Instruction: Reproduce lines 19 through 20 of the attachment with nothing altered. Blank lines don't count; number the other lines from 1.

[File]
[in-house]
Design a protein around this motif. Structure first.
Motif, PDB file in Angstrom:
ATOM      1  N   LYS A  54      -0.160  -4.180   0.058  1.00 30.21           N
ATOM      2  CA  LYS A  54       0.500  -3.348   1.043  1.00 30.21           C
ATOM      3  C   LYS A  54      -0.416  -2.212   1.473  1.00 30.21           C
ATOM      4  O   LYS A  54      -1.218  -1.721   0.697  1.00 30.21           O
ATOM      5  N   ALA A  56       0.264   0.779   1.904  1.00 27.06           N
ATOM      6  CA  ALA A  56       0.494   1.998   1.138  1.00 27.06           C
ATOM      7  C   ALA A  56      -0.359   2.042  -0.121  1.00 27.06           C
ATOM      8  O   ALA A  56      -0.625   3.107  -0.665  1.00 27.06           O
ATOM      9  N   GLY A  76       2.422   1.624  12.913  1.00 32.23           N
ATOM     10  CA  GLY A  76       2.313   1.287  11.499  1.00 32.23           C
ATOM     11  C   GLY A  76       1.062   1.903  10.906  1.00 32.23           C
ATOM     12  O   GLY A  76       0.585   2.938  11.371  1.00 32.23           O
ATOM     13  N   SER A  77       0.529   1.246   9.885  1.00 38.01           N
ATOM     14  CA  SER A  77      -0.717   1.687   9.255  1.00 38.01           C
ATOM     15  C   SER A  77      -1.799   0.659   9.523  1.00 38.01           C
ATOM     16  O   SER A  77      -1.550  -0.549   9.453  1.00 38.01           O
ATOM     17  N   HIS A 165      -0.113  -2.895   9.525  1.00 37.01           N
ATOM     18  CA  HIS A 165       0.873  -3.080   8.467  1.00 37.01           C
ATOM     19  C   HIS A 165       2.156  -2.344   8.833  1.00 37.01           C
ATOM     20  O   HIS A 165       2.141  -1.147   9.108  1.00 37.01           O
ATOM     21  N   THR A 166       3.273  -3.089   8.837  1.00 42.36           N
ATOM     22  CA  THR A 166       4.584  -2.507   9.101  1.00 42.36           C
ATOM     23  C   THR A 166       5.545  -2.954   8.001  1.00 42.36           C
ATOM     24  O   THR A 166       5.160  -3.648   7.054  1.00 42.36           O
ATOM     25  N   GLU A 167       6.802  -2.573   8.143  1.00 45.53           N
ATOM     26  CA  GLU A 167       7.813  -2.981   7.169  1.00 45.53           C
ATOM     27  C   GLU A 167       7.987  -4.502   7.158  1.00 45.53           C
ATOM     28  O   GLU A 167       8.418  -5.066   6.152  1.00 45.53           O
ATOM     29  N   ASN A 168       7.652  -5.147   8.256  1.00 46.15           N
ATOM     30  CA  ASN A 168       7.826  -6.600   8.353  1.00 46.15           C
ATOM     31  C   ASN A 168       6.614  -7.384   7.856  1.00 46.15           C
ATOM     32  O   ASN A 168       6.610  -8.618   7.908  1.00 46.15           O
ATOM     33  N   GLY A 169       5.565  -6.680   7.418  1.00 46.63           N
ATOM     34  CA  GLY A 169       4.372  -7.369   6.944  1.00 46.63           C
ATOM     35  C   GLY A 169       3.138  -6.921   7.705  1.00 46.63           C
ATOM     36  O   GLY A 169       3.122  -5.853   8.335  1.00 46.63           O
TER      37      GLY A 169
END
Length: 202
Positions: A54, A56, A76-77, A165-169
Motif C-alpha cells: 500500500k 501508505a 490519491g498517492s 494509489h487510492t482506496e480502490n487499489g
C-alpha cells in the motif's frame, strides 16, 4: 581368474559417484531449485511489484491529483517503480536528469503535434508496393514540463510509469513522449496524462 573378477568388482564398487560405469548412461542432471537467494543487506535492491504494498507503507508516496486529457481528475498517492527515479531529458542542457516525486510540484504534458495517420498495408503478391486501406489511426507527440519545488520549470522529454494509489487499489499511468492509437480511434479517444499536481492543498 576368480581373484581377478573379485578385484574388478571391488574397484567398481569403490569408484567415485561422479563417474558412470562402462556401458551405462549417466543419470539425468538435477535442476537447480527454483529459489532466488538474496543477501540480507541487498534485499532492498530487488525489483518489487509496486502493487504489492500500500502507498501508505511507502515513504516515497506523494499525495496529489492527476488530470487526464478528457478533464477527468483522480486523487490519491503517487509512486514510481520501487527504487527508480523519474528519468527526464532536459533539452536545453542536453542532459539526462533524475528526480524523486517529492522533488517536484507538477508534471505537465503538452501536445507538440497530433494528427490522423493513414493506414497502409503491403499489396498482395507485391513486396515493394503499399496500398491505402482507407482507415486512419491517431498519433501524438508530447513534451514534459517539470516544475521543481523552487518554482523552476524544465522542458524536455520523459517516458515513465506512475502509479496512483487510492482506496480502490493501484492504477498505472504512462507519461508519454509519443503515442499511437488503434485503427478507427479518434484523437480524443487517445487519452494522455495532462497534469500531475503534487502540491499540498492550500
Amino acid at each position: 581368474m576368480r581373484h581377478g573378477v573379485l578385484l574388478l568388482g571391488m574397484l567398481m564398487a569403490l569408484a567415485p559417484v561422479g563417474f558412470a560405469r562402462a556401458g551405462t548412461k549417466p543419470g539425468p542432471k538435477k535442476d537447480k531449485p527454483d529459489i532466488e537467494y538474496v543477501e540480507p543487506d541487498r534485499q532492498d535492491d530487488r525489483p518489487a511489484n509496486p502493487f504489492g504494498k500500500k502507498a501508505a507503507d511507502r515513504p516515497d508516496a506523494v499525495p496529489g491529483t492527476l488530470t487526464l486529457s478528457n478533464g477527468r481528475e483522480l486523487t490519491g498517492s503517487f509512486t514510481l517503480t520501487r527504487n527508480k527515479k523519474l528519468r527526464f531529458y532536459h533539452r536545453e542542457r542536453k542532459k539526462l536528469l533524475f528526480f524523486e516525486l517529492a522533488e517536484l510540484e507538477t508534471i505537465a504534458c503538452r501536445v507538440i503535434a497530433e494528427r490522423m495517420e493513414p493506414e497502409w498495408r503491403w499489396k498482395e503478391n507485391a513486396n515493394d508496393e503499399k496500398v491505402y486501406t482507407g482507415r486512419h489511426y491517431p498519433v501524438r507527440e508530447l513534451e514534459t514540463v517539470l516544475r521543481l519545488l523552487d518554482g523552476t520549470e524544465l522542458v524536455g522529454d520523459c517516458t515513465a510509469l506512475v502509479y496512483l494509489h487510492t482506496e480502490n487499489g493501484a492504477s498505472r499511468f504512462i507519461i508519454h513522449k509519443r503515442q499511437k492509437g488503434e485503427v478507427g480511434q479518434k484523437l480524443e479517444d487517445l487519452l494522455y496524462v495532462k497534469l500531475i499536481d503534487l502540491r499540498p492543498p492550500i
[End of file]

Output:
ATOM     16  O   SER A  77      -1.550  -0.549   9.453  1.00 38.01           O
ATOM     17  N   HIS A 165      -0.113  -2.895   9.525  1.00 37.01           N